Is Virtual Reality the Future of Learning? A Critical Reflection Schwarze, Anna Kampling, Henrik Heger, Oliver Niehaves, Bjoern 2019-01-02T23:56:36Z 2019-01-02T23:56:36Z 2019-01-08
dc.description.abstract The year 2016 marks the so-called second wave of VR, which was initiated by the first consumer VR-HMD, Oculus Rift (development kit), entering the market. There are four practical advantages in the field of virtual reality learning: a shift from abstract to tangible settings, interactivity rather than passive observations, using desirable but practically infeasible methods, and breaking the bounds of reality. In contrast, current VR technologies also feature certain limitations. The most common negative factor is motion sickness, which distracts the user. We conducted a multiple case study and invited 41 people to participate in two different scenarios. One was a self-developed 360° video and the other was a self-developed interactive scenario. We investigate different barriers which hamper individual learning in VR and we point out that there is a potential for implicit learning in virtual reality.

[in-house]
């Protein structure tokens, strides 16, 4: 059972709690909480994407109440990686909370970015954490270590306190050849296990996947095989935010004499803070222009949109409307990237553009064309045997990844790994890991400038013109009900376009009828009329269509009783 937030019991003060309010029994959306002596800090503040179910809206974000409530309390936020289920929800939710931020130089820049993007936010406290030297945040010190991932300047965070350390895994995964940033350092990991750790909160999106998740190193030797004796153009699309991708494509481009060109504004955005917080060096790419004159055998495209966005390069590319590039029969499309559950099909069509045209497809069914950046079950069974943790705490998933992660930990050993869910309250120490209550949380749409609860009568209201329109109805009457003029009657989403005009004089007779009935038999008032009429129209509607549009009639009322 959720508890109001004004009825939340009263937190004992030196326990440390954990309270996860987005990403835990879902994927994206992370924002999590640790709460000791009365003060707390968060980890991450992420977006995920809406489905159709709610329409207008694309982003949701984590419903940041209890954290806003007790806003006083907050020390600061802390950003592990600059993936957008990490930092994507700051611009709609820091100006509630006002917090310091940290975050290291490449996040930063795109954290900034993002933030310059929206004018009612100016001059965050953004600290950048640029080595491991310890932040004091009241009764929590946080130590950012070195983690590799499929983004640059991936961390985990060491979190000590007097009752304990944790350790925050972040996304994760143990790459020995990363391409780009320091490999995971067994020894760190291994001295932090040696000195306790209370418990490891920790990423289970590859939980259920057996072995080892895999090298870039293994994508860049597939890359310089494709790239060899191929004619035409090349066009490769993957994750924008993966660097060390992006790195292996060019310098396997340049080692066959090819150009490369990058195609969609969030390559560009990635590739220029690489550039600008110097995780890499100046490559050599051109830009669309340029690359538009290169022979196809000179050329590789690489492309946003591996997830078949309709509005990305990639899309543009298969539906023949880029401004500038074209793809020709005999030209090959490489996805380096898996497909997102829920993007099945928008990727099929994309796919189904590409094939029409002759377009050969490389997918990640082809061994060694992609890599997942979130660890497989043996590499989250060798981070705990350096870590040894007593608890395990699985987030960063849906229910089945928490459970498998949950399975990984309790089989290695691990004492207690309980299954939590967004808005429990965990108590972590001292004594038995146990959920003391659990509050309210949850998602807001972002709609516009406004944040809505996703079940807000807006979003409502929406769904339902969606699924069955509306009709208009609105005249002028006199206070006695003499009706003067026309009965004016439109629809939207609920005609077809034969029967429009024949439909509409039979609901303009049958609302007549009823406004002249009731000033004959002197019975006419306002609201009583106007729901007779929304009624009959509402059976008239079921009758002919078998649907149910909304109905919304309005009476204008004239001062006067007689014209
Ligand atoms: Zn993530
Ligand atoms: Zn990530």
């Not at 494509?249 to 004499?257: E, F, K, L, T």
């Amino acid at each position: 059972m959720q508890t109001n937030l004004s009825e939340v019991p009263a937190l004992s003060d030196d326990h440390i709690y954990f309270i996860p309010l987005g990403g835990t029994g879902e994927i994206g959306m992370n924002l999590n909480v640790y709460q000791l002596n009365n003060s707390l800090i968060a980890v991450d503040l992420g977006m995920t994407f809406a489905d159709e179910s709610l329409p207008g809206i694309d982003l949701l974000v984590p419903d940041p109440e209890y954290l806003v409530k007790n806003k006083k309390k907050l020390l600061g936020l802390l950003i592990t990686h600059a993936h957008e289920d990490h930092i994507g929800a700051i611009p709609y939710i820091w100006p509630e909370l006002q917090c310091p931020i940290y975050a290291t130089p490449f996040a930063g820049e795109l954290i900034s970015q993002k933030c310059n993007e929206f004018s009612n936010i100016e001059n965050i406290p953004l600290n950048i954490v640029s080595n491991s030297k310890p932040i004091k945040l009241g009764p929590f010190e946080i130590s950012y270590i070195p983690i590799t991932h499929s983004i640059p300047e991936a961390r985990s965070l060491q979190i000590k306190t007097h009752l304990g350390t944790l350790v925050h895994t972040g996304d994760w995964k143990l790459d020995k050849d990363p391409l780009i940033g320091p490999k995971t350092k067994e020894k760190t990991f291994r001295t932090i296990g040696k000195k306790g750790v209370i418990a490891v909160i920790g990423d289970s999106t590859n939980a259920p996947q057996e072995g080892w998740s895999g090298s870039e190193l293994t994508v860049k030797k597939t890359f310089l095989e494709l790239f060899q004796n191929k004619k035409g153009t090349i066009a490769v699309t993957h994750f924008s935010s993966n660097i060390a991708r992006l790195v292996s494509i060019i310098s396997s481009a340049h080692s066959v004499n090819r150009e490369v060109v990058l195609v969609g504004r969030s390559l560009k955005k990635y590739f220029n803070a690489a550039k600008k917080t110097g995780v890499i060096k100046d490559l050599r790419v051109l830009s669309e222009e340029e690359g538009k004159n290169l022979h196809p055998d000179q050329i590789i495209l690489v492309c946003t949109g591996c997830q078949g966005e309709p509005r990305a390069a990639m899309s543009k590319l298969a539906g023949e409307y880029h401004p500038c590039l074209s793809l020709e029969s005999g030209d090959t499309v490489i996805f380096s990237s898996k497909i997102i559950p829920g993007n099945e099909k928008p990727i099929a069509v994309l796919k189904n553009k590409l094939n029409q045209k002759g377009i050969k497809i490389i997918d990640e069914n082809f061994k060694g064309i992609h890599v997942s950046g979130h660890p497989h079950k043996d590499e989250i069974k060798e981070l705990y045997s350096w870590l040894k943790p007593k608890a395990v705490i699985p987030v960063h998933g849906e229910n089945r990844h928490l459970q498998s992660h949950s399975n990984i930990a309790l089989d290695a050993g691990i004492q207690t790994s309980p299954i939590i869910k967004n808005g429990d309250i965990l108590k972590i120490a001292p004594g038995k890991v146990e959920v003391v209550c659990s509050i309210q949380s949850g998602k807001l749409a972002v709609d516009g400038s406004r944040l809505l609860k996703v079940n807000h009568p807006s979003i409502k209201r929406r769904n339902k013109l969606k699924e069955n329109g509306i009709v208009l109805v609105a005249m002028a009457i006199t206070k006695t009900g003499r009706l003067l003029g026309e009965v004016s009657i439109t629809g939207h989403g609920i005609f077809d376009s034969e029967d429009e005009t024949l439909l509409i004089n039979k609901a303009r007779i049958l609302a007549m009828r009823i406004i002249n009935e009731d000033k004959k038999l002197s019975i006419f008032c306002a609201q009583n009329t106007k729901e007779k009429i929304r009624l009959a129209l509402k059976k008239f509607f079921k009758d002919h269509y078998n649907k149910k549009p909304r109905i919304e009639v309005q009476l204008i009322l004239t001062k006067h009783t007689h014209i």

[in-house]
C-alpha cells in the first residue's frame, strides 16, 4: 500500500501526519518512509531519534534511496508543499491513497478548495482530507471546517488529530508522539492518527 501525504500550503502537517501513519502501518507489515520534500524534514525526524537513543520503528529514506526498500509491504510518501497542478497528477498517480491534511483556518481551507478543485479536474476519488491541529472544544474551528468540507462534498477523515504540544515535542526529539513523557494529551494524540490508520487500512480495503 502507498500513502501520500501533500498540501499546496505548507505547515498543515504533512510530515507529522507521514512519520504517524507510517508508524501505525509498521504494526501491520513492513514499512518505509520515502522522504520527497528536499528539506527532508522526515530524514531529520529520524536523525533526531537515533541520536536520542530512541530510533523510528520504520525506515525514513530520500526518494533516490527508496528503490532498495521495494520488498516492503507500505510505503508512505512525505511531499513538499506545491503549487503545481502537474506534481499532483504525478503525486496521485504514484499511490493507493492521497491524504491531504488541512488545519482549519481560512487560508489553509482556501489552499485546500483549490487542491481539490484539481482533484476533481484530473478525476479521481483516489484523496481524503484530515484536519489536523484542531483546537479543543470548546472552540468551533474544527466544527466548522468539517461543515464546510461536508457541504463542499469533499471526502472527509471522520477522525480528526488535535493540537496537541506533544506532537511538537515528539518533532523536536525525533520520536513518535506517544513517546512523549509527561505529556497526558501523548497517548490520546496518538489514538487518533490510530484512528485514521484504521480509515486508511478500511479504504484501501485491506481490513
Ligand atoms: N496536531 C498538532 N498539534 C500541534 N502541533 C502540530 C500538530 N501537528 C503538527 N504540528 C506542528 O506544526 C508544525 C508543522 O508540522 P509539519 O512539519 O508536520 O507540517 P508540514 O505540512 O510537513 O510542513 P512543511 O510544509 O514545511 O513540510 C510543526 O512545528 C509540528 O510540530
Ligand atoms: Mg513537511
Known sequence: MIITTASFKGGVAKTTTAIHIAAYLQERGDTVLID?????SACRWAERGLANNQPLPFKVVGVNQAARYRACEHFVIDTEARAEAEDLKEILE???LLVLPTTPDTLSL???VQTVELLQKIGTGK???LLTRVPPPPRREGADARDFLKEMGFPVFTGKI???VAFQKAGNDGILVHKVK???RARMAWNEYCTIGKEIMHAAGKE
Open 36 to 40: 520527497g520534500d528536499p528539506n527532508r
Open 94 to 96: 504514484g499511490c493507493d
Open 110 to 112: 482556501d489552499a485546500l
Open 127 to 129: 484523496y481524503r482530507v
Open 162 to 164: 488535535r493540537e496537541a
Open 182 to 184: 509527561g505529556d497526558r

dc.format.extent 10 pages
dc.identifier.doi 10.24251/HICSS.2019.214
dc.identifier.isbn 978-0-9981331-2-6
dc.language.iso eng
dc.relation.ispartof Proceedings of the 52nd Hawaii International Conference on System Sciences
dc.rights Attribution-NonCommercial-NoDerivatives 4.0 International
dc.subject Mixed, Augmented and Virtual Reality: Co-designed Services and Applications
dc.subject Decision Analytics, Mobile Services, and Service Science
dc.subject barriers, case study, implicit learning, individual learning, virtual reality
dc.title Is Virtual Reality the Future of Learning? A Critical Reflection
dc.type Conference Paper
dc.type.dcmi Text
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